The global supply chain depends on electronic data interchange (EDI). More than forty years ago the military came up with an efficient way to transmit data. A few years later, the supply chain picked up on this data trading practice, because at the time it was fast and reliable. Through the decades EDI steadily gained traction and has since been embraced by companies across all industries. Fast forward to 2019, it is the preferred means to exchange documents and is the backbone of business-to-business (B2B) transactions in the supply chain.
There are hundreds of different EDI transaction types and each one has a specific function. A significant number of these transactions are supported in Orderful’s platform. Buyers and suppliers exchange these documents using EDI standards to automate and streamline B2B data trading. While some EDI transaction sets are unique to a particular industry, a number of transactions are used by multiple industries. These transaction sets encompass health care, insurance, transportation, finance, government, supply chain and other industries.
Some of the most commonly used document types include the Purchase Order (850), Advanced Ship Notice (856) and Invoice (810). If you’re new to EDI or are about to trade EDI with a new trading partner, how do you figure out what specific EDI transactions your trading partners require?
Before you can begin selling your product, there are some crucial housekeeping items that need to be addressed. It’s important to understand your business and what is required from your trading partners. If you’re working with a major retailer, you can’t necessarily go off the information that’s in their online vendor portal. There may be ten transactions types listed in the portal, however only three of them may be applicable to your business. The first and most important step is to get in touch with your vendor’s EDI team to determine what transaction types are required for your business. If you don’t confirm and agree on the transactions required by your trading partner, you can’t start trading EDI with them. Overlooking this step can cause significant delays during the implementation process.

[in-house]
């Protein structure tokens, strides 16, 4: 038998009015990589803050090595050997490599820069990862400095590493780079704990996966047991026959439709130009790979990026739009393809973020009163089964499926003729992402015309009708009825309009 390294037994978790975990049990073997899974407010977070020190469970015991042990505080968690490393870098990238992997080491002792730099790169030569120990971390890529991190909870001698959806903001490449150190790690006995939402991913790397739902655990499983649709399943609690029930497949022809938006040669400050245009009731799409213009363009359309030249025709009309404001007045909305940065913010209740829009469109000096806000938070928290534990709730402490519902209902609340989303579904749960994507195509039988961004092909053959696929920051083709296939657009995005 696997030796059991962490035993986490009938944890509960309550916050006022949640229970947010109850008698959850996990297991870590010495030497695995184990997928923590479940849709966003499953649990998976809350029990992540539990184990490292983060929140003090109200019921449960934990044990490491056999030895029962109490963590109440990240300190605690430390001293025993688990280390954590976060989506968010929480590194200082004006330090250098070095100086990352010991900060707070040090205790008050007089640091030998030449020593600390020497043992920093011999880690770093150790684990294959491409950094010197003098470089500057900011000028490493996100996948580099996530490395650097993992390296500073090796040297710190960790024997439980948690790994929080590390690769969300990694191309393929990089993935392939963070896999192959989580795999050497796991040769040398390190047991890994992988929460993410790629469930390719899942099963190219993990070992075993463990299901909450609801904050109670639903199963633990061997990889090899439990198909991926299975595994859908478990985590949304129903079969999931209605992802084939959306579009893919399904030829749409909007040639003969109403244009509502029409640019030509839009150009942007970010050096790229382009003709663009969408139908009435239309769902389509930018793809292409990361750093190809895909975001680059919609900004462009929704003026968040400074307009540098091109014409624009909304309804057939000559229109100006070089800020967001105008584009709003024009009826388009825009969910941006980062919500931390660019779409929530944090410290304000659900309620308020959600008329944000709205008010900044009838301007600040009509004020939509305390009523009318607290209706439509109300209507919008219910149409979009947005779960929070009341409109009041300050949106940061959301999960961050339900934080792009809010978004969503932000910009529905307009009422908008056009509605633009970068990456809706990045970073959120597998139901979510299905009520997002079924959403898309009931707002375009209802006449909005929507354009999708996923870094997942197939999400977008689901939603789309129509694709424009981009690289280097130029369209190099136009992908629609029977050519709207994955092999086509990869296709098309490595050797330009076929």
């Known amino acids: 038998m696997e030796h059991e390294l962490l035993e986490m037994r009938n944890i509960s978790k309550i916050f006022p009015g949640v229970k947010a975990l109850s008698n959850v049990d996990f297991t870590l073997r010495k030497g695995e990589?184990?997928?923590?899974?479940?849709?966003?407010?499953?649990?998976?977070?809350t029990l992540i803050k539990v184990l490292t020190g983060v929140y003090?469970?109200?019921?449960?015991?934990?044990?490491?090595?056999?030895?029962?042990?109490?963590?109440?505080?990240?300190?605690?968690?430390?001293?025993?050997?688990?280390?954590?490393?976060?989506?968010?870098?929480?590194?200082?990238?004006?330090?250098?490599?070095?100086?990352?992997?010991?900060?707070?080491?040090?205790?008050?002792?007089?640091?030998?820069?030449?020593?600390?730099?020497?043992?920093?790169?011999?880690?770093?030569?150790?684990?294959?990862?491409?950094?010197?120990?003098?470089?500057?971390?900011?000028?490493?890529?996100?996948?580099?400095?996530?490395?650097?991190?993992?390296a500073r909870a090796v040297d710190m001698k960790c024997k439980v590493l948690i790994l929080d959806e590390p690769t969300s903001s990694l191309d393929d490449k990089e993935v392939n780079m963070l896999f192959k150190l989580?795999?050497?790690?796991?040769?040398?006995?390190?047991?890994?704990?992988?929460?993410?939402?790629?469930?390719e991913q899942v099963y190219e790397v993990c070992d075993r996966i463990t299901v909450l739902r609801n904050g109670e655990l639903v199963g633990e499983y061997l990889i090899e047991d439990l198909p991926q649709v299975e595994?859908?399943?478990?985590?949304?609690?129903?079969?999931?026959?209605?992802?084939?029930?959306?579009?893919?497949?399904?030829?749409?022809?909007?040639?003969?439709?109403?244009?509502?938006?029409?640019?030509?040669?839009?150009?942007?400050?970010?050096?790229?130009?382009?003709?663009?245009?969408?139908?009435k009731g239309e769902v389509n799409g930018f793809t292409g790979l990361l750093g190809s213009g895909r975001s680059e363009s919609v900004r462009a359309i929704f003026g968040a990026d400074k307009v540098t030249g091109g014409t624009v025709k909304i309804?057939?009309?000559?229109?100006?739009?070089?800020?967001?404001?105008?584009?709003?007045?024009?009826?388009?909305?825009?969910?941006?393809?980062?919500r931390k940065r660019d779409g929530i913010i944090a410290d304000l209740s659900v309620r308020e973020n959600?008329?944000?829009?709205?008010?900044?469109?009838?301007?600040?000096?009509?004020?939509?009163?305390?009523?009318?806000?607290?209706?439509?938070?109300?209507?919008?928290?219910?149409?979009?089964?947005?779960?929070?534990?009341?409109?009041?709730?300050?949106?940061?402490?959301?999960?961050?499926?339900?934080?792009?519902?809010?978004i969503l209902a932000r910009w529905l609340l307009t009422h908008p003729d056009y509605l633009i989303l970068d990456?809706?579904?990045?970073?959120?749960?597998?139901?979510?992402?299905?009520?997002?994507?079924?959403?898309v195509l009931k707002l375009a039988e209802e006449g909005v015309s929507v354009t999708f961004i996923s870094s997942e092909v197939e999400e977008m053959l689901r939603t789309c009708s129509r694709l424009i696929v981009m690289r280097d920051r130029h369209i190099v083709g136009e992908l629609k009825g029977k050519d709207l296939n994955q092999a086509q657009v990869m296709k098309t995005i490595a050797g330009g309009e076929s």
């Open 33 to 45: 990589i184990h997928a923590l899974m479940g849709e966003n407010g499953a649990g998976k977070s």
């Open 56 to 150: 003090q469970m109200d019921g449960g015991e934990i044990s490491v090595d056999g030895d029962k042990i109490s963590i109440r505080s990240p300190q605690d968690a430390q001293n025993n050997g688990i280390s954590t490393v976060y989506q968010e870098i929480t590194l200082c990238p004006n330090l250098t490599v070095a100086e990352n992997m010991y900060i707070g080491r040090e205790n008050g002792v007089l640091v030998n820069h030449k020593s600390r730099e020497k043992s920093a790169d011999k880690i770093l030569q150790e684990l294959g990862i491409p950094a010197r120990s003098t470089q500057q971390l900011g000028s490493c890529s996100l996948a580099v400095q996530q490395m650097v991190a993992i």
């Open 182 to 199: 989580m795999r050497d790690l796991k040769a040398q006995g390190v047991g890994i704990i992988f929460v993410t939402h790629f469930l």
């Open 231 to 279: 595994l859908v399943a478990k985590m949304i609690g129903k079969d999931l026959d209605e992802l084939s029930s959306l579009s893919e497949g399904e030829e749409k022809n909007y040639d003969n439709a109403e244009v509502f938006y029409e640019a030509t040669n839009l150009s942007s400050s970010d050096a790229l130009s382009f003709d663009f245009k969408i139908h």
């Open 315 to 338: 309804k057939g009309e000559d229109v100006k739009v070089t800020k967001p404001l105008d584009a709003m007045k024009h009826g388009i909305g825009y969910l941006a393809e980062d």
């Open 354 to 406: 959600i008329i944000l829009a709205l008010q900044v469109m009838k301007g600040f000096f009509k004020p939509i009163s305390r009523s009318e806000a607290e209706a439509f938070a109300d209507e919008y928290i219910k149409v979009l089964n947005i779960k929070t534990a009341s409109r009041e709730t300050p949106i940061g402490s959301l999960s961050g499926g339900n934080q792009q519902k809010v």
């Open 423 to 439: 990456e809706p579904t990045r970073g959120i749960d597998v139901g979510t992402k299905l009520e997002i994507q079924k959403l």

From there, our team of EDI experts can assist in understanding and gathering information from your trading partners, before you can go-live. If you’re new to EDI, it can be overwhelming. Beyond determining transaction types, what communication channel (SFTP, FTP, VAN, AS2) does your trading partner prefer? How do you test transactions? How do you sign off on passed tests? Who do you contact if you have an issue and need to create a support ticket? Where do you upload your product catalogue? How and when can you go live? These are all important questions that are critical to any successful EDI integration. Our team is here to help you ask the right questions and ensure you’re EDI compliant.
Most importantly, once you’ve determined what EDI transaction types are required, we gather your trading partners’ guidelines and digitize them into our platform. Orderful’s API validates all inbound and outbound EDI transactions. This allows you to test transactions against your trading partners’ guidelines. You’ll know immediately if there’s an error with your transaction. For example, if you forget to include the billing address on your test invoice, you’ll instantly receive a notification and can fix the error on the fly. Orderful’s guideline validation is critical to ensuring your EDI data meets your trading partners’ requirements.
To learn more, schedule a time to connect with one of our EDI experts here.< Back to EDI Blog
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